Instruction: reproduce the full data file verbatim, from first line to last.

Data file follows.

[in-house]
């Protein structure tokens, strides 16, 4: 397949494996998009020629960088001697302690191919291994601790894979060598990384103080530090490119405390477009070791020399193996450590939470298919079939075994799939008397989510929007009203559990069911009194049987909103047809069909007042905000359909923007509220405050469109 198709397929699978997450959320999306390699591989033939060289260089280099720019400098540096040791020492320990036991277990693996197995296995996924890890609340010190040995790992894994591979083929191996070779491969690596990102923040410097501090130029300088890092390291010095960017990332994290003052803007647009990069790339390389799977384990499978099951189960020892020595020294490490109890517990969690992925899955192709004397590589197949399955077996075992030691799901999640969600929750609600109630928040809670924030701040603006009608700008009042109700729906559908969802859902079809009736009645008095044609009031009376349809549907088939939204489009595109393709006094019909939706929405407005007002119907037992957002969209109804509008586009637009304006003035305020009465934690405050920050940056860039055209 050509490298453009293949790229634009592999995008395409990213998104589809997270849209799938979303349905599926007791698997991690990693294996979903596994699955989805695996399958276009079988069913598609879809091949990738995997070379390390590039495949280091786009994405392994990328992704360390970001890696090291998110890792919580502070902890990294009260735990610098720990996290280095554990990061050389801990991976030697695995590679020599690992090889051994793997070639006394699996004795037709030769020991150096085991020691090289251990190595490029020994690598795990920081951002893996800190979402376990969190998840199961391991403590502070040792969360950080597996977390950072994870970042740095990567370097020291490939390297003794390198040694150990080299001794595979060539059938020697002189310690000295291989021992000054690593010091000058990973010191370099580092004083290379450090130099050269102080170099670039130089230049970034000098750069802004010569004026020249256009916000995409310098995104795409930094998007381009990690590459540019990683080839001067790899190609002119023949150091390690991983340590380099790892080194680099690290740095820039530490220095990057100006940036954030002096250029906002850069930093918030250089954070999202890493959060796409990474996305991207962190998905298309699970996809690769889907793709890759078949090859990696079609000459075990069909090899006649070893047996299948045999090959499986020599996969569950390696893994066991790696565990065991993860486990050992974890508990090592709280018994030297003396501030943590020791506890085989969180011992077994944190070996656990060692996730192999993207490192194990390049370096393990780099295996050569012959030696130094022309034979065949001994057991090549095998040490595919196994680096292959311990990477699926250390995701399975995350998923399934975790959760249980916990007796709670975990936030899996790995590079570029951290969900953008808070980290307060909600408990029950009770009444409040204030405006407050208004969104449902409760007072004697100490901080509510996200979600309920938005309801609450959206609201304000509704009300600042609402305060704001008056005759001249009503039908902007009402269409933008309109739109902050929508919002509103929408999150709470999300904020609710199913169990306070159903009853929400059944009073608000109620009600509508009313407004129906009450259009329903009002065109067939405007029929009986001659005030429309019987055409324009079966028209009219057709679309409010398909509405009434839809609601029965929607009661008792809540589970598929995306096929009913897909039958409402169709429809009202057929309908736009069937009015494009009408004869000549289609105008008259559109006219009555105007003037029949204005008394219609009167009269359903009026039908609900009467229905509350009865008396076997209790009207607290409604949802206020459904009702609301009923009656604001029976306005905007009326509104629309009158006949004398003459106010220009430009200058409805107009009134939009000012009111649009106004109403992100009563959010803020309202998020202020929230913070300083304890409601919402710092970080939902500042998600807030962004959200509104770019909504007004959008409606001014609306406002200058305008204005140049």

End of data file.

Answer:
[in-house]
């Protein structure tokens, strides 16, 4: 397949494996998009020629960088001697302690191919291994601790894979060598990384103080530090490119405390477009070791020399193996450590939470298919079939075994799939008397989510929007009203559990069911009194049987909103047809069909007042905000359909923007509220405050469109 198709397929699978997450959320999306390699591989033939060289260089280099720019400098540096040791020492320990036991277990693996197995296995996924890890609340010190040995790992894994591979083929191996070779491969690596990102923040410097501090130029300088890092390291010095960017990332994290003052803007647009990069790339390389799977384990499978099951189960020892020595020294490490109890517990969690992925899955192709004397590589197949399955077996075992030691799901999640969600929750609600109630928040809670924030701040603006009608700008009042109700729906559908969802859902079809009736009645008095044609009031009376349809549907088939939204489009595109393709006094019909939706929405407005007002119907037992957002969209109804509008586009637009304006003035305020009465934690405050920050940056860039055209 050509490298453009293949790229634009592999995008395409990213998104589809997270849209799938979303349905599926007791698997991690990693294996979903596994699955989805695996399958276009079988069913598609879809091949990738995997070379390390590039495949280091786009994405392994990328992704360390970001890696090291998110890792919580502070902890990294009260735990610098720990996290280095554990990061050389801990991976030697695995590679020599690992090889051994793997070639006394699996004795037709030769020991150096085991020691090289251990190595490029020994690598795990920081951002893996800190979402376990969190998840199961391991403590502070040792969360950080597996977390950072994870970042740095990567370097020291490939390297003794390198040694150990080299001794595979060539059938020697002189310690000295291989021992000054690593010091000058990973010191370099580092004083290379450090130099050269102080170099670039130089230049970034000098750069802004010569004026020249256009916000995409310098995104795409930094998007381009990690590459540019990683080839001067790899190609002119023949150091390690991983340590380099790892080194680099690290740095820039530490220095990057100006940036954030002096250029906002850069930093918030250089954070999202890493959060796409990474996305991207962190998905298309699970996809690769889907793709890759078949090859990696079609000459075990069909090899006649070893047996299948045999090959499986020599996969569950390696893994066991790696565990065991993860486990050992974890508990090592709280018994030297003396501030943590020791506890085989969180011992077994944190070996656990060692996730192999993207490192194990390049370096393990780099295996050569012959030696130094022309034979065949001994057991090549095998040490595919196994680096292959311990990477699926250390995701399975995350998923399934975790959760249980916990007796709670975990936030899996790995590079570029951290969900953008808070980290307060909600408990029950009770009444409040204030405006407050208004969104449902409760007072004697100490901080509510996200979600309920938005309801609450959206609201304000509704009300600042609402305060704001008056005759001249009503039908902007009402269409933008309109739109902050929508919002509103929408999150709470999300904020609710199913169990306070159903009853929400059944009073608000109620009600509508009313407004129906009450259009329903009002065109067939405007029929009986001659005030429309019987055409324009079966028209009219057709679309409010398909509405009434839809609601029965929607009661008792809540589970598929995306096929009913897909039958409402169709429809009202057929309908736009069937009015494009009408004869000549289609105008008259559109006219009555105007003037029949204005008394219609009167009269359903009026039908609900009467229905509350009865008396076997209790009207607290409604949802206020459904009702609301009923009656604001029976306005905007009326509104629309009158006949004398003459106010220009430009200058409805107009009134939009000012009111649009106004109403992100009563959010803020309202998020202020929230913070300083304890409601919402710092970080939902500042998600807030962004959200509104770019909504007004959008409606001014609306406002200058305008204005140049």